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Facebook launches cross-platform messages on Instagram and Messenger



Facebook has taken the biggest step so far in integrating its various messaging platforms, allowing select Messenger and Instagram users to send messages to each other. In addition to launching cross-platform messaging, Instagram is also overhauling its DM system, which will be expanded with features taken from Messenger.

New Instagram messaging tools include disappearing messages, selfie stickers, personalized emoticons, chat colors, new ways to block spam, and the introduction of Messenger’s Watch Together, which lets you watch videos with friends during a video call.

Users will be able to decline the update if they choose, but Facebook will no doubt bet that access to new features will encourage them to say yes. In addition to messaging across platforms, Instagram and Messenger users can also search for accounts in both apps at the same time. Users can opt out of these features if they wish.

It is not clear exactly when and where different Instagram and Messenger messaging platforms will be available. According to CNN, the feature is currently “being tested in selected markets and will be expanded worldwide in the coming months.”

; There is no public timeline for when Facebook can start integrating its other messaging, WhatsApp.

The news is part of an ambitious plan outlined by Facebook CEO Mark Zuckerberg in 2019 to move his social media empire from one based on public spaces to one with a greater focus on private communication. As Zuckerberg explained in 2019, “private messaging, ephemeral stories and small groups are the fastest growing areas of online communication.” By integrating messaging into its various applications, each with more than 1 billion users, Facebook hopes to capture as much of this market as possible.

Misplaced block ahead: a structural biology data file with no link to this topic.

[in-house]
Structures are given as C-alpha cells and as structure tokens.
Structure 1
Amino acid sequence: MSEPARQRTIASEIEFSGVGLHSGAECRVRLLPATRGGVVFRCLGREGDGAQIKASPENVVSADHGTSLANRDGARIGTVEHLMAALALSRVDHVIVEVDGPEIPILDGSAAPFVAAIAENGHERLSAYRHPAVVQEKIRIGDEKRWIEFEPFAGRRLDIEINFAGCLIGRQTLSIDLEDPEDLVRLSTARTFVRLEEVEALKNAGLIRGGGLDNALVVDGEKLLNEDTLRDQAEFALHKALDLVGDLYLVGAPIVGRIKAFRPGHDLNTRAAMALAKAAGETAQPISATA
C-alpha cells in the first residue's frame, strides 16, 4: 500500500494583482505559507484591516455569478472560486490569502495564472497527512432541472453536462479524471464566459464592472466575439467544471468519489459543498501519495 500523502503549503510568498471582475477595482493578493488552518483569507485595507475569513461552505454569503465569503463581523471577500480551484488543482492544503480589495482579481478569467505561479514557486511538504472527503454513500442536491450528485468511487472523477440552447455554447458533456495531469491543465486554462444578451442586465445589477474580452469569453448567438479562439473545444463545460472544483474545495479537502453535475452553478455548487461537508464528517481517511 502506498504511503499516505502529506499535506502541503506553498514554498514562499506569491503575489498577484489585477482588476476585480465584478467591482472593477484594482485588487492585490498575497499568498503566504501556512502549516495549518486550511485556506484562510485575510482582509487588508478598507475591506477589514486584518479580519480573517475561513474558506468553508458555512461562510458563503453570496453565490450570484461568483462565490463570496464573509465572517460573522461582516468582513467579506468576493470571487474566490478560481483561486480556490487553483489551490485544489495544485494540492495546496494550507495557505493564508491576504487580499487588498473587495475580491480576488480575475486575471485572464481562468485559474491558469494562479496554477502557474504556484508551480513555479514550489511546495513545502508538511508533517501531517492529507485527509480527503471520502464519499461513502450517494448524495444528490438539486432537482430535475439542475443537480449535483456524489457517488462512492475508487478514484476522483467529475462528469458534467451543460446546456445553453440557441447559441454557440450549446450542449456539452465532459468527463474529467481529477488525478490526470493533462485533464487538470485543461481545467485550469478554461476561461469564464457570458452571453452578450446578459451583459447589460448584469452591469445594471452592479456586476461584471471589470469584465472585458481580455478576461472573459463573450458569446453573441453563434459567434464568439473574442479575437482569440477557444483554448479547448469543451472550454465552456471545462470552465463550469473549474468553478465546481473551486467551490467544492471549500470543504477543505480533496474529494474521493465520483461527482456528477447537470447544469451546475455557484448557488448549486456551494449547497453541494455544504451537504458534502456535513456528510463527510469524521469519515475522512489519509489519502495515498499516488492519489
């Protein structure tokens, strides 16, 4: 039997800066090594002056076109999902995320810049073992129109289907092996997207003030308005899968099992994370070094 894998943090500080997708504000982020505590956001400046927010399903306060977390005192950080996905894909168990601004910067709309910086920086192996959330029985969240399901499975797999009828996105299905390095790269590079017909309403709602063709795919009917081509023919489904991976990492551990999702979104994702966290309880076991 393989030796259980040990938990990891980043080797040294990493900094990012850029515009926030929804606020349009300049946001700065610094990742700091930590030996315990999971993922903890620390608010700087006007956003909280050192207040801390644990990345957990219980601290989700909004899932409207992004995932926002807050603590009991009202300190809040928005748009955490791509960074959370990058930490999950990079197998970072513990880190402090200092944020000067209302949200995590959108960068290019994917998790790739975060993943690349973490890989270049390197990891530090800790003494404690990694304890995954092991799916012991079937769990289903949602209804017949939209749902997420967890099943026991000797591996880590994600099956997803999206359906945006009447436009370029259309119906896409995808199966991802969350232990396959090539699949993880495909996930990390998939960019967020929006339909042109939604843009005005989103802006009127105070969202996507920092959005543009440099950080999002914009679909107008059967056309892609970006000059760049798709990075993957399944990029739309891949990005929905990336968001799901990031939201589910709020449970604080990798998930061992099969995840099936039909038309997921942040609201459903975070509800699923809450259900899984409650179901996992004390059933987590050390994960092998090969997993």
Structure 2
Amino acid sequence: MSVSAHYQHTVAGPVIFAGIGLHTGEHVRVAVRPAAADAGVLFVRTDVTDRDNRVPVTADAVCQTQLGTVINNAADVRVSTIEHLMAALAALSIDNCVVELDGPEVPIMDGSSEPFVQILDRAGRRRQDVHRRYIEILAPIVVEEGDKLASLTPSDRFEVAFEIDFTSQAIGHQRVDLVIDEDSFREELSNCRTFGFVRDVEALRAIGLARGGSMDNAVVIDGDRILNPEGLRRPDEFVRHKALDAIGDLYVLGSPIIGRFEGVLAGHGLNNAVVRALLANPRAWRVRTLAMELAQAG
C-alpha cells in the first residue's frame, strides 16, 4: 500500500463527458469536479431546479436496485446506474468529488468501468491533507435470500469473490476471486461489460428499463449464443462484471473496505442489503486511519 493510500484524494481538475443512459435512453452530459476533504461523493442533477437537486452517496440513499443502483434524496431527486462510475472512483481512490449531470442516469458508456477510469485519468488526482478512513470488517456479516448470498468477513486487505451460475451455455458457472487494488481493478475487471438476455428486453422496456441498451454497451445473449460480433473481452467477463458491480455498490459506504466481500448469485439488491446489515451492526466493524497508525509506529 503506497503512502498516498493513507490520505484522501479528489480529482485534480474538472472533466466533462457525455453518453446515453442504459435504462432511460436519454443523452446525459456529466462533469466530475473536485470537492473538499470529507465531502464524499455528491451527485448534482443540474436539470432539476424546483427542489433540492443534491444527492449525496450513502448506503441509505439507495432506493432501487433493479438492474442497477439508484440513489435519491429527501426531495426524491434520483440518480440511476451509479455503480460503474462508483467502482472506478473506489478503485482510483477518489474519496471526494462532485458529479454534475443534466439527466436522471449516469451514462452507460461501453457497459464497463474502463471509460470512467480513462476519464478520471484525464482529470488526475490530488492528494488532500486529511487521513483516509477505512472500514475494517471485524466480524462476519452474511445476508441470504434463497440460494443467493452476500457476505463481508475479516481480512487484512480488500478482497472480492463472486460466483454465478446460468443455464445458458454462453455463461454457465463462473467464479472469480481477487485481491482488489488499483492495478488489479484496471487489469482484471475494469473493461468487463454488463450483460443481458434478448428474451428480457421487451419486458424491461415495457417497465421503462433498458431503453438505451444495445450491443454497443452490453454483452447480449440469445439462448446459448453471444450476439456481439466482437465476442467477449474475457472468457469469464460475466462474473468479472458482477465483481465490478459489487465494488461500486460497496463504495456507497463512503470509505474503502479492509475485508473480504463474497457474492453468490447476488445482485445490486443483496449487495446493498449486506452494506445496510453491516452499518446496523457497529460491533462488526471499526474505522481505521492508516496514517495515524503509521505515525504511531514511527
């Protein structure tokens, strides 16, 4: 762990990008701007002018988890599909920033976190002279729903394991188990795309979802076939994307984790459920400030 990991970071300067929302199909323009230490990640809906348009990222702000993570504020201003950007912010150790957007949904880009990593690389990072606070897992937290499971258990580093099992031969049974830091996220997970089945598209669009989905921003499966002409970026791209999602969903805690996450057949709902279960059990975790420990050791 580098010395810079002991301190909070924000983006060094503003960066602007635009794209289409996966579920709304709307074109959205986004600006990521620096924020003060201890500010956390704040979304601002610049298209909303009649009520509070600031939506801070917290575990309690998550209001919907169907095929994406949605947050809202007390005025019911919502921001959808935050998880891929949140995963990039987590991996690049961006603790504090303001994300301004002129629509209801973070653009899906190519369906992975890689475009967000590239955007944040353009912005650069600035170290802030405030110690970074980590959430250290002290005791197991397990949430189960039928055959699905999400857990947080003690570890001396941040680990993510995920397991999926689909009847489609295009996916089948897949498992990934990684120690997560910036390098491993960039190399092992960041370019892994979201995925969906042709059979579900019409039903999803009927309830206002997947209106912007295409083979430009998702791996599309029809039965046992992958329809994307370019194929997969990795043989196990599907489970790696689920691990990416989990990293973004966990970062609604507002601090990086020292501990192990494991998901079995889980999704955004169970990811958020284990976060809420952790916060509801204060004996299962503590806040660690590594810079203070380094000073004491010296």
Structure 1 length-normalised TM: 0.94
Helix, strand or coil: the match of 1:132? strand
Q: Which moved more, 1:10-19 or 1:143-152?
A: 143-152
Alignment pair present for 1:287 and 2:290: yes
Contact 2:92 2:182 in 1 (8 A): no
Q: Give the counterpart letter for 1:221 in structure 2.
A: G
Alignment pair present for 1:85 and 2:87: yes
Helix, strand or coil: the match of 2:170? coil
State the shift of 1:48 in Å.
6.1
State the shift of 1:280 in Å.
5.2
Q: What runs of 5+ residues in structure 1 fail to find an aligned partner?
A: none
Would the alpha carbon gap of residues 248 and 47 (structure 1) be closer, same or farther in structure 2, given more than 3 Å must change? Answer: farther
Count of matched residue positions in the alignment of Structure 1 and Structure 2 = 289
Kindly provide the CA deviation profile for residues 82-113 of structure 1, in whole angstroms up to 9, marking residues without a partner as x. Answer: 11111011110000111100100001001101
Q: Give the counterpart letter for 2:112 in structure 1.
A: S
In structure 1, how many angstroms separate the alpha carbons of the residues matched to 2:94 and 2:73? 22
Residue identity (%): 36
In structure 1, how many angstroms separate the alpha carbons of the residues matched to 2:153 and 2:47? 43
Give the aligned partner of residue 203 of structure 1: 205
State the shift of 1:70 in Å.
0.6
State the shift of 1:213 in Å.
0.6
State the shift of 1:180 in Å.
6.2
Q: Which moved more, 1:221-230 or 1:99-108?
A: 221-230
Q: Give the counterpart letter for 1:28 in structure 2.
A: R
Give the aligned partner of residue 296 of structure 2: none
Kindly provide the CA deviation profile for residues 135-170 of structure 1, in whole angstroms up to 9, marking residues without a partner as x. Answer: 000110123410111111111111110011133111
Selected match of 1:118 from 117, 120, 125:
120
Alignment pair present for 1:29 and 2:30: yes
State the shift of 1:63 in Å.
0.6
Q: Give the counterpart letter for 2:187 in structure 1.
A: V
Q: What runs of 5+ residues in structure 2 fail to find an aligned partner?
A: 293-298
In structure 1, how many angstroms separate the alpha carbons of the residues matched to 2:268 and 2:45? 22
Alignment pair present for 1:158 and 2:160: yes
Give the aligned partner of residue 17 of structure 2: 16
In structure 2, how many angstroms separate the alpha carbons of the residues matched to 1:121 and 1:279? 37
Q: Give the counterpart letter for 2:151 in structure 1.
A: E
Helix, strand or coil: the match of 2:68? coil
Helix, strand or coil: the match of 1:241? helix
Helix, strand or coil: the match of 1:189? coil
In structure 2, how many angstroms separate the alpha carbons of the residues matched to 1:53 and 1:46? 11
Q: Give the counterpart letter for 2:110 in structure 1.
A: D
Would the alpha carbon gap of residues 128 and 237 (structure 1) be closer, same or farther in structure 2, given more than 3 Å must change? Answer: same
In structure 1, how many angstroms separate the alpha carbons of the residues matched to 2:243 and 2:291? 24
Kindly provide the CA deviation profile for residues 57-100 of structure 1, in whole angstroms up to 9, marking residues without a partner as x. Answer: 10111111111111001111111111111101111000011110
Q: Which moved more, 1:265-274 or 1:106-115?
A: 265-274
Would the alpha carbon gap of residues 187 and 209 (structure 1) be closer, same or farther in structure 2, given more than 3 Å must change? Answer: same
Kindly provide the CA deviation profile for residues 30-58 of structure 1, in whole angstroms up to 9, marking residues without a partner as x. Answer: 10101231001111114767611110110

Past steps included launching a small business app that allows them to manage pages and accounts on Facebook, Messenger and Instagram, and a new Account Center tool that allows anyone to control their login information in various Facebook properties.

Combining these services is a huge infrastructural challenge, especially for the upcoming integration of WhatsApp, which is encrypted from end to end. But a bigger hurdle may come from regulators, who are wary of Facebook’s dominance in mobile communications.

Following Zuckerberg’s announcement of his ambition to integrate Instagram, WhatsApp and Messenger messages in 2019, Facebook co-founder Chris Hughes called for the company to be split. Hughes claims that Facebook has become a monopoly on social media, with users unable to switch to viable competitors. A number of prominent American politicians, including current Democratic presidential candidate Joe Biden, have reiterated these fears. Facebook is currently undergoing antitrust investigations in both the United States and the EU, with Zuckerberg testifying before the FTC just last month.


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